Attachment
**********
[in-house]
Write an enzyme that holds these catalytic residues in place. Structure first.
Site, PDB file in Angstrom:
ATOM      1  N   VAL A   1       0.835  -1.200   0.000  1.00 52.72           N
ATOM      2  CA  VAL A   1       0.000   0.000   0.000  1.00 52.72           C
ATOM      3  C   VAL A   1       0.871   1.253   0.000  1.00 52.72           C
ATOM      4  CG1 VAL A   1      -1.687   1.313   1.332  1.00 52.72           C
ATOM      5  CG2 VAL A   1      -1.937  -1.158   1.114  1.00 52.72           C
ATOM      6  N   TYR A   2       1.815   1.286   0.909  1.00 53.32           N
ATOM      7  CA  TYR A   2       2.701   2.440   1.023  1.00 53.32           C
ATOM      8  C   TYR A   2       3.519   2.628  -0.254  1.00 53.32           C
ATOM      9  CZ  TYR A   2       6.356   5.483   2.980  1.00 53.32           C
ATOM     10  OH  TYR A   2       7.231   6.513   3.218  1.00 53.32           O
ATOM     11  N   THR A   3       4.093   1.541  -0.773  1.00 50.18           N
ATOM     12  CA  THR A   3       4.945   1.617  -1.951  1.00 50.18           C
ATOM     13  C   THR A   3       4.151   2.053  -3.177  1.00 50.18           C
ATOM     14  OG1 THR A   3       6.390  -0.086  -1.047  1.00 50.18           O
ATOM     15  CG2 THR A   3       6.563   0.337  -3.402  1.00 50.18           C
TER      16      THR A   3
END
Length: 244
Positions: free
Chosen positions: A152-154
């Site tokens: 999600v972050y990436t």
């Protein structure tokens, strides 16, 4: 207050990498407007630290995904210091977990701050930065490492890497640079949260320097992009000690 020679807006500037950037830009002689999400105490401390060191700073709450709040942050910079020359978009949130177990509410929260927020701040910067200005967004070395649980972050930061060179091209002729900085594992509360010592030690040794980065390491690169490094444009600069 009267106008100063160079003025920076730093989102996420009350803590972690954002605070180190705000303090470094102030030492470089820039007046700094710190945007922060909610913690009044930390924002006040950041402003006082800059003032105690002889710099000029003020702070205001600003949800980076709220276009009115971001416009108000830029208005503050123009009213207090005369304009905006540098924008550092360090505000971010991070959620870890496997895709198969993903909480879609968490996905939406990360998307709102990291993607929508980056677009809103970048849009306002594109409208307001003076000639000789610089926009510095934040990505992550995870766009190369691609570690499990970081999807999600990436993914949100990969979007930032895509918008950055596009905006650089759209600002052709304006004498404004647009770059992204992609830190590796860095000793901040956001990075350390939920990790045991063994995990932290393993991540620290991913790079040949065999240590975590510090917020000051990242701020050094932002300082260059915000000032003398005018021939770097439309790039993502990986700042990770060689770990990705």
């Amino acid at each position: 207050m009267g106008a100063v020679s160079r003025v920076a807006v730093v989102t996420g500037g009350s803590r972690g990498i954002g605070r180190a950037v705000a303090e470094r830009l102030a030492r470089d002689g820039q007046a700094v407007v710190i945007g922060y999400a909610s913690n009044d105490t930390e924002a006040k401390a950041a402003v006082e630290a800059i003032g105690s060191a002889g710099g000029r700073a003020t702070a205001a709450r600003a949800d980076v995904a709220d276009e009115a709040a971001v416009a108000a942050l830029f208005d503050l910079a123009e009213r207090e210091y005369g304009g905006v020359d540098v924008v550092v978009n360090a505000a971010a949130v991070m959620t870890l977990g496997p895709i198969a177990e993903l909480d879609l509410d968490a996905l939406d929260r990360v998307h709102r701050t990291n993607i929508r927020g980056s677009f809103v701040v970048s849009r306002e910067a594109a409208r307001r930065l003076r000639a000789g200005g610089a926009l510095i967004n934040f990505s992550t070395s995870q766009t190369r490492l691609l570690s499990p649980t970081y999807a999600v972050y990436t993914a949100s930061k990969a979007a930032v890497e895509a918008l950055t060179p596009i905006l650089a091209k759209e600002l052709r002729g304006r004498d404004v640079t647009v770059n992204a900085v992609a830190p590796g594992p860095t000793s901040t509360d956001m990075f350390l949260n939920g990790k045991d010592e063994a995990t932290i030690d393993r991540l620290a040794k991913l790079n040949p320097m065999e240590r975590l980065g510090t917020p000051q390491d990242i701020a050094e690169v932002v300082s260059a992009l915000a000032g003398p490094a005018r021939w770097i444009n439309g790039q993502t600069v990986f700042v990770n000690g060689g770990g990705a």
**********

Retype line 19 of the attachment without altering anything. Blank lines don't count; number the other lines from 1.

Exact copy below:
TER      16      THR A   3